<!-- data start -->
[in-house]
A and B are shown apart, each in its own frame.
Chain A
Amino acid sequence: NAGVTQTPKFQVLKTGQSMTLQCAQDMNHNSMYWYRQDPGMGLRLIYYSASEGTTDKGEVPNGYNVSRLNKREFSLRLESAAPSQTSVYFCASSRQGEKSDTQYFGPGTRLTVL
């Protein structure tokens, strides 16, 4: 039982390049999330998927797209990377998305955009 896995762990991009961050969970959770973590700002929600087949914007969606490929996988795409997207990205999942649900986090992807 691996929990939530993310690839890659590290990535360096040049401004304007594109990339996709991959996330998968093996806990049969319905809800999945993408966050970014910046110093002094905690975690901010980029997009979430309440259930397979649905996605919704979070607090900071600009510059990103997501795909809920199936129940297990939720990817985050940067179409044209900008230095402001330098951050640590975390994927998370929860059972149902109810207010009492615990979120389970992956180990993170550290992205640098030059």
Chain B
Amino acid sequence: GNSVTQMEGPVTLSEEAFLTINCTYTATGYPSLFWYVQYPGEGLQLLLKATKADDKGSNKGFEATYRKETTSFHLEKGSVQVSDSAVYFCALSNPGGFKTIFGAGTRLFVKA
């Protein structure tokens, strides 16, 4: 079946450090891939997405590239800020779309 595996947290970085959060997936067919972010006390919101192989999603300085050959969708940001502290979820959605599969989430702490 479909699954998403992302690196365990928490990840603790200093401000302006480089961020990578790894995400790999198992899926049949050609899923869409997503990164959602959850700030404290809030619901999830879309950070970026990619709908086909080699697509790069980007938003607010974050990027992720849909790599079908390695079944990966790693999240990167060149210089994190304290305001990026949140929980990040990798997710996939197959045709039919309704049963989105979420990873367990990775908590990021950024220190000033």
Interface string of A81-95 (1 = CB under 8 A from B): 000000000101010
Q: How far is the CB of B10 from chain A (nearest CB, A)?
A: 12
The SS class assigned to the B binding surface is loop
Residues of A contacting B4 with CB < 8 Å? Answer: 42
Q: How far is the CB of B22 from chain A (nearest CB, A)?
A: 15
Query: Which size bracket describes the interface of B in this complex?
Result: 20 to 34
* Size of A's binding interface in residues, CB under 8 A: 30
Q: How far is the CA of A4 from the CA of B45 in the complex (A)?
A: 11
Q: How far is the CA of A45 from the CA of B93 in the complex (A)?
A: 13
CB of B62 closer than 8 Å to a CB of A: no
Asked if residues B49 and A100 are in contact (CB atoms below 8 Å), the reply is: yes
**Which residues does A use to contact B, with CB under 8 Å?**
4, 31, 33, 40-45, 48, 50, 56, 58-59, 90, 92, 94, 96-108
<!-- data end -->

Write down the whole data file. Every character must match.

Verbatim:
[in-house]
A and B are shown apart, each in its own frame.
Chain A
Amino acid sequence: NAGVTQTPKFQVLKTGQSMTLQCAQDMNHNSMYWYRQDPGMGLRLIYYSASEGTTDKGEVPNGYNVSRLNKREFSLRLESAAPSQTSVYFCASSRQGEKSDTQYFGPGTRLTVL
């Protein structure tokens, strides 16, 4: 039982390049999330998927797209990377998305955009 896995762990991009961050969970959770973590700002929600087949914007969606490929996988795409997207990205999942649900986090992807 691996929990939530993310690839890659590290990535360096040049401004304007594109990339996709991959996330998968093996806990049969319905809800999945993408966050970014910046110093002094905690975690901010980029997009979430309440259930397979649905996605919704979070607090900071600009510059990103997501795909809920199936129940297990939720990817985050940067179409044209900008230095402001330098951050640590975390994927998370929860059972149902109810207010009492615990979120389970992956180990993170550290992205640098030059």
Chain B
Amino acid sequence: GNSVTQMEGPVTLSEEAFLTINCTYTATGYPSLFWYVQYPGEGLQLLLKATKADDKGSNKGFEATYRKETTSFHLEKGSVQVSDSAVYFCALSNPGGFKTIFGAGTRLFVKA
């Protein structure tokens, strides 16, 4: 079946450090891939997405590239800020779309 595996947290970085959060997936067919972010006390919101192989999603300085050959969708940001502290979820959605599969989430702490 479909699954998403992302690196365990928490990840603790200093401000302006480089961020990578790894995400790999198992899926049949050609899923869409997503990164959602959850700030404290809030619901999830879309950070970026990619709908086909080699697509790069980007938003607010974050990027992720849909790599079908390695079944990966790693999240990167060149210089994190304290305001990026949140929980990040990798997710996939197959045709039919309704049963989105979420990873367990990775908590990021950024220190000033």
Interface string of A81-95 (1 = CB under 8 A from B): 000000000101010
Q: How far is the CB of B10 from chain A (nearest CB, A)?
A: 12
The SS class assigned to the B binding surface is loop
Residues of A contacting B4 with CB < 8 Å? Answer: 42
Q: How far is the CB of B22 from chain A (nearest CB, A)?
A: 15
Query: Which size bracket describes the interface of B in this complex?
Result: 20 to 34
* Size of A's binding interface in residues, CB under 8 A: 30
Q: How far is the CA of A4 from the CA of B45 in the complex (A)?
A: 11
Q: How far is the CA of A45 from the CA of B93 in the complex (A)?
A: 13
CB of B62 closer than 8 Å to a CB of A: no
Asked if residues B49 and A100 are in contact (CB atoms below 8 Å), the reply is: yes
**Which residues does A use to contact B, with CB under 8 Å?**
4, 31, 33, 40-45, 48, 50, 56, 58-59, 90, 92, 94, 96-108